Maus (Parts I and II) by Art Spiegelman presents the Holocaust in what seems like a very modern, metaphysical way: through graphic novel that depicts his father's experiences of the Holocaust, contemporary experiences between Spiegelman and his father, and later how Spiegelman is dealing with the success of Part I of the novel itself (in Part II). It's as much a novel about creating the book as the recording the horrors of 30s/40s Europe.
What's odd about reading this book is that it could feel very trite. The Jews are depicted with mouse heads on human bodies, the Germans with cat heads, the Polish with pig, French with frog, American with dog. But it works, and adds a layer of (mostly) unspoken metaphor. In some ways the drawings make things easier to digest, but what's most odd is that seeing cartoon drawings of people with mouse heads being tortured and killed is so disturbing. For something so stylized to be so moving is probably because we know these things happened and we know that the author's own father is telling first hand accounts in this novel.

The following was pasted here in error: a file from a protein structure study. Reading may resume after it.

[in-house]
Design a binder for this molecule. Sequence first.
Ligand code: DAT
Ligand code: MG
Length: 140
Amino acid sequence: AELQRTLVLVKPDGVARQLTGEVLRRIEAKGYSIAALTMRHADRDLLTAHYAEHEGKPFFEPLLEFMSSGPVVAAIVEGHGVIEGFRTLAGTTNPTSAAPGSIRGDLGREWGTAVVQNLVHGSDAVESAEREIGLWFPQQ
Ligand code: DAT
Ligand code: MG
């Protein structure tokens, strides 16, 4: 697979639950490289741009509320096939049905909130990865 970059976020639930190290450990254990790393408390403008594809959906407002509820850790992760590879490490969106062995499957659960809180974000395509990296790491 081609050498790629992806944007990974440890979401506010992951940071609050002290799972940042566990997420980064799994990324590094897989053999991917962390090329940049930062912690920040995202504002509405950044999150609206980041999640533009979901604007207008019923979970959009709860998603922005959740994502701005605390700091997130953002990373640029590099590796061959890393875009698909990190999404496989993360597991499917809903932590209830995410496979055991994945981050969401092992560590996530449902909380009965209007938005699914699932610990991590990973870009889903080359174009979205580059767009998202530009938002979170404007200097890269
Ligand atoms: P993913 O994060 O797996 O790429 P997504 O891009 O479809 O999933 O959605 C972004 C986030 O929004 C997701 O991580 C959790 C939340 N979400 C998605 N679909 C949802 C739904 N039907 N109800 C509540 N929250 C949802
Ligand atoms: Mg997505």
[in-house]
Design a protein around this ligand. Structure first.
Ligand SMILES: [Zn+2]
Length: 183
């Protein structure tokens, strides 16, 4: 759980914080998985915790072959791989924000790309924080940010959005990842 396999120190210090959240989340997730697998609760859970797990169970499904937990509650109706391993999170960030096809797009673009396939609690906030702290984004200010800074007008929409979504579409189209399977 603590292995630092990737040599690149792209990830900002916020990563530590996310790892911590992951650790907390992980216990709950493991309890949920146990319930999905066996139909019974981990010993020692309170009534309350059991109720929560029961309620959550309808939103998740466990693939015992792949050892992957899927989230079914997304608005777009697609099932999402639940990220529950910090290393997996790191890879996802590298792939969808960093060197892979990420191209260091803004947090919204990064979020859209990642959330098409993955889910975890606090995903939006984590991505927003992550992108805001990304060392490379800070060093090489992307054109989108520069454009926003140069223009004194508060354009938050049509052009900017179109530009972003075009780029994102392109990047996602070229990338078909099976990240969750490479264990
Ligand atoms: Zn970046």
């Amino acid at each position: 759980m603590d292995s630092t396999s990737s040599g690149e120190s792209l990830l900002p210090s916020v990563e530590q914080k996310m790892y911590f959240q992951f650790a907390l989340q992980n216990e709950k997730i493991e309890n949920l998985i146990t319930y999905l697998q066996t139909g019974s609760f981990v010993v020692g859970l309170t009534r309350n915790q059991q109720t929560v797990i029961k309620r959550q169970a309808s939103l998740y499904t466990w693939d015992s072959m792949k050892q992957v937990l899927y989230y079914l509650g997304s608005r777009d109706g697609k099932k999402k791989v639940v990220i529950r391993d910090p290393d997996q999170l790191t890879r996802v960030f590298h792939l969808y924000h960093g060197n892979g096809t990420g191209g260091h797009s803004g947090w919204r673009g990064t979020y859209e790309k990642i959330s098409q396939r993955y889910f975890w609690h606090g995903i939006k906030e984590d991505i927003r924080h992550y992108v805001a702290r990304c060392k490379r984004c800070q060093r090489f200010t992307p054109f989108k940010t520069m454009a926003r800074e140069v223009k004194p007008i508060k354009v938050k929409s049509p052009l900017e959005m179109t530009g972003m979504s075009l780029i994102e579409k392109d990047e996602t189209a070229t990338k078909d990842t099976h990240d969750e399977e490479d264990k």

And I think it also has something to do with seeing Spiegelman's father depicted as a demanding old man. Certainly, conclusions could be made as to why he's so cheap and immortalizes his first wife while driving his current one crazy, but he's never depicted as extraordinary. He survived the Holocaust, but he's almost just an annoyance to his son. This element, trying to understand and deal with your parents, is universal and gives a reader with no connection to the Holocaust or Jewish culture something to relate to. And I think that's where the real genius of the book lies: it contrasts the relatable present to an unbelievable and horrifying past. How could something so terrible have happened to such an ordinary old man? To your parents? And what are you supposed to do with that history?